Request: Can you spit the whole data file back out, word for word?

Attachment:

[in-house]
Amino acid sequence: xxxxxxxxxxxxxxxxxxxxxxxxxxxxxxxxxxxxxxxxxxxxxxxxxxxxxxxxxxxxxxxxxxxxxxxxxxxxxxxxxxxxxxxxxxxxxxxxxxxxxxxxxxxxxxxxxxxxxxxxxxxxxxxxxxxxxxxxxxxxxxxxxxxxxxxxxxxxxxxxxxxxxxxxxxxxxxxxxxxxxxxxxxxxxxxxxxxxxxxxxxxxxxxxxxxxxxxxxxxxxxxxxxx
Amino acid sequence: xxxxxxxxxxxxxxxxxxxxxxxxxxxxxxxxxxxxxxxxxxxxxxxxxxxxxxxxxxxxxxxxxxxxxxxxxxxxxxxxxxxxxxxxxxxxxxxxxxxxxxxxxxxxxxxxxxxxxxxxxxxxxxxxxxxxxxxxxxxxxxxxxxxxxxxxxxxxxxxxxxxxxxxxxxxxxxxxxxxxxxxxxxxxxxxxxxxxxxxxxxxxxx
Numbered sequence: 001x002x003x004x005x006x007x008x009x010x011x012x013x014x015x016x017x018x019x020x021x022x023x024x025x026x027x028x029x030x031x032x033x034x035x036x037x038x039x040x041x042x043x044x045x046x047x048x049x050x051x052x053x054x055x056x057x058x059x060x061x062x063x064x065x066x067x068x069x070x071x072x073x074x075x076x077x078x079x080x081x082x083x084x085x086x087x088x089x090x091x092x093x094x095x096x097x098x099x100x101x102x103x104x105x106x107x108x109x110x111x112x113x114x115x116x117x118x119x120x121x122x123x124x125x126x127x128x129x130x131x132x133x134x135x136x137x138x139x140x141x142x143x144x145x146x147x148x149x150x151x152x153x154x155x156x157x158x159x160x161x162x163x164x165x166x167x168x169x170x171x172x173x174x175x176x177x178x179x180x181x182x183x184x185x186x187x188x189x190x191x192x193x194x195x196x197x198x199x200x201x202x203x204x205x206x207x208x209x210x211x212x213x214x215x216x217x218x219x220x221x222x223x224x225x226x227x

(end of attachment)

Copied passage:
[in-house]
Amino acid sequence: xxxxxxxxxxxxxxxxxxxxxxxxxxxxxxxxxxxxxxxxxxxxxxxxxxxxxxxxxxxxxxxxxxxxxxxxxxxxxxxxxxxxxxxxxxxxxxxxxxxxxxxxxxxxxxxxxxxxxxxxxxxxxxxxxxxxxxxxxxxxxxxxxxxxxxxxxxxxxxxxxxxxxxxxxxxxxxxxxxxxxxxxxxxxxxxxxxxxxxxxxxxxxxxxxxxxxxxxxxxxxxxxxxx
Amino acid sequence: xxxxxxxxxxxxxxxxxxxxxxxxxxxxxxxxxxxxxxxxxxxxxxxxxxxxxxxxxxxxxxxxxxxxxxxxxxxxxxxxxxxxxxxxxxxxxxxxxxxxxxxxxxxxxxxxxxxxxxxxxxxxxxxxxxxxxxxxxxxxxxxxxxxxxxxxxxxxxxxxxxxxxxxxxxxxxxxxxxxxxxxxxxxxxxxxxxxxxxxxxxxxxx
Numbered sequence: 001x002x003x004x005x006x007x008x009x010x011x012x013x014x015x016x017x018x019x020x021x022x023x024x025x026x027x028x029x030x031x032x033x034x035x036x037x038x039x040x041x042x043x044x045x046x047x048x049x050x051x052x053x054x055x056x057x058x059x060x061x062x063x064x065x066x067x068x069x070x071x072x073x074x075x076x077x078x079x080x081x082x083x084x085x086x087x088x089x090x091x092x093x094x095x096x097x098x099x100x101x102x103x104x105x106x107x108x109x110x111x112x113x114x115x116x117x118x119x120x121x122x123x124x125x126x127x128x129x130x131x132x133x134x135x136x137x138x139x140x141x142x143x144x145x146x147x148x149x150x151x152x153x154x155x156x157x158x159x160x161x162x163x164x165x166x167x168x169x170x171x172x173x174x175x176x177x178x179x180x181x182x183x184x185x186x187x188x189x190x191x192x193x194x195x196x197x198x199x200x201x202x203x204x205x206x207x208x209x210x211x212x213x214x215x216x217x218x219x220x221x222x223x224x225x226x227x